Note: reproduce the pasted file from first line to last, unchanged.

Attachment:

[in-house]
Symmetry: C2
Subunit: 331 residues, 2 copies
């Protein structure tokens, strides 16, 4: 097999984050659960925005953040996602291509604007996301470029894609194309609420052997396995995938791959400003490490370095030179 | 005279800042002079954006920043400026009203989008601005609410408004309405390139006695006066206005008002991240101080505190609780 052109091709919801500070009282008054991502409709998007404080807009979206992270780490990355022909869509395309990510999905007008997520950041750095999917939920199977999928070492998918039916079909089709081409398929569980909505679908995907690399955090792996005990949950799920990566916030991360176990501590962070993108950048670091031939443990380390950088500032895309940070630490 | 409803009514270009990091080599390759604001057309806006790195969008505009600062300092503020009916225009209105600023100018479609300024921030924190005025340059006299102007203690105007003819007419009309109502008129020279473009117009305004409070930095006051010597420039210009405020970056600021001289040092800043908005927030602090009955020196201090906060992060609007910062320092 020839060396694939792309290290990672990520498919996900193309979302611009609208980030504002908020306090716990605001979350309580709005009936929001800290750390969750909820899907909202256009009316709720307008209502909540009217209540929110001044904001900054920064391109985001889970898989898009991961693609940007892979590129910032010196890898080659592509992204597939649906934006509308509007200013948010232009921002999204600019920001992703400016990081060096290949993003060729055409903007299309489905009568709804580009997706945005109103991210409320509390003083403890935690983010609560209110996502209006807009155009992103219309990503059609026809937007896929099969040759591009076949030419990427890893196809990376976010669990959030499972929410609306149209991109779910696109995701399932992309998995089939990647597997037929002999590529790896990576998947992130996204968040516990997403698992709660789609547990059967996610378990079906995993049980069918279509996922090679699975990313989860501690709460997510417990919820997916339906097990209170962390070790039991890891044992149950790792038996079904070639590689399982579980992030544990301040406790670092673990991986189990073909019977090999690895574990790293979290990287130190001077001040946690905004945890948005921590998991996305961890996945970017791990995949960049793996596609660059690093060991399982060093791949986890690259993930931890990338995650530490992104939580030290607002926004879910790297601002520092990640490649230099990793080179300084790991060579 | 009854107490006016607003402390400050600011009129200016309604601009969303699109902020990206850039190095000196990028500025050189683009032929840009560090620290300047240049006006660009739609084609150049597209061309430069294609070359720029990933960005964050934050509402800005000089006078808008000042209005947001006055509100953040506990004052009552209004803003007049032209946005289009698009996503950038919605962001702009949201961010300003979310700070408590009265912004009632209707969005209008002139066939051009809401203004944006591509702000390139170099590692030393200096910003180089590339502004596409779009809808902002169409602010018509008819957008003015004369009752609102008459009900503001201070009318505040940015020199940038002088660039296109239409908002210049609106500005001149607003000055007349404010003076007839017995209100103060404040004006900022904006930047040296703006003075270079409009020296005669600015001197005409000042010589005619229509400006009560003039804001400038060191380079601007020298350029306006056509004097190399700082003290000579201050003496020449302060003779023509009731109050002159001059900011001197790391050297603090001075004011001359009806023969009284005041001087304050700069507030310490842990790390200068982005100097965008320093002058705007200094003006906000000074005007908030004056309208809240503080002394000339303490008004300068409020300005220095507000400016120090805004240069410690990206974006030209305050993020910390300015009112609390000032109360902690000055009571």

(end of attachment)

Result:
[in-house]
Symmetry: C2
Subunit: 331 residues, 2 copies
């Protein structure tokens, strides 16, 4: 097999984050659960925005953040996602291509604007996301470029894609194309609420052997396995995938791959400003490490370095030179 | 005279800042002079954006920043400026009203989008601005609410408004309405390139006695006066206005008002991240101080505190609780 052109091709919801500070009282008054991502409709998007404080807009979206992270780490990355022909869509395309990510999905007008997520950041750095999917939920199977999928070492998918039916079909089709081409398929569980909505679908995907690399955090792996005990949950799920990566916030991360176990501590962070993108950048670091031939443990380390950088500032895309940070630490 | 409803009514270009990091080599390759604001057309806006790195969008505009600062300092503020009916225009209105600023100018479609300024921030924190005025340059006299102007203690105007003819007419009309109502008129020279473009117009305004409070930095006051010597420039210009405020970056600021001289040092800043908005927030602090009955020196201090906060992060609007910062320092 020839060396694939792309290290990672990520498919996900193309979302611009609208980030504002908020306090716990605001979350309580709005009936929001800290750390969750909820899907909202256009009316709720307008209502909540009217209540929110001044904001900054920064391109985001889970898989898009991961693609940007892979590129910032010196890898080659592509992204597939649906934006509308509007200013948010232009921002999204600019920001992703400016990081060096290949993003060729055409903007299309489905009568709804580009997706945005109103991210409320509390003083403890935690983010609560209110996502209006807009155009992103219309990503059609026809937007896929099969040759591009076949030419990427890893196809990376976010669990959030499972929410609306149209991109779910696109995701399932992309998995089939990647597997037929002999590529790896990576998947992130996204968040516990997403698992709660789609547990059967996610378990079906995993049980069918279509996922090679699975990313989860501690709460997510417990919820997916339906097990209170962390070790039991890891044992149950790792038996079904070639590689399982579980992030544990301040406790670092673990991986189990073909019977090999690895574990790293979290990287130190001077001040946690905004945890948005921590998991996305961890996945970017791990995949960049793996596609660059690093060991399982060093791949986890690259993930931890990338995650530490992104939580030290607002926004879910790297601002520092990640490649230099990793080179300084790991060579 | 009854107490006016607003402390400050600011009129200016309604601009969303699109902020990206850039190095000196990028500025050189683009032929840009560090620290300047240049006006660009739609084609150049597209061309430069294609070359720029990933960005964050934050509402800005000089006078808008000042209005947001006055509100953040506990004052009552209004803003007049032209946005289009698009996503950038919605962001702009949201961010300003979310700070408590009265912004009632209707969005209008002139066939051009809401203004944006591509702000390139170099590692030393200096910003180089590339502004596409779009809808902002169409602010018509008819957008003015004369009752609102008459009900503001201070009318505040940015020199940038002088660039296109239409908002210049609106500005001149607003000055007349404010003076007839017995209100103060404040004006900022904006930047040296703006003075270079409009020296005669600015001197005409000042010589005619229509400006009560003039804001400038060191380079601007020298350029306006056509004097190399700082003290000579201050003496020449302060003779023509009731109050002159001059900011001197790391050297603090001075004011001359009806023969009284005041001087304050700069507030310490842990790390200068982005100097965008320093002058705007200094003006906000000074005007908030004056309208809240503080002394000339303490008004300068409020300005220095507000400016120090805004240069410690990206974006030209305050993020910390300015009112609390000032109360902690000055009571």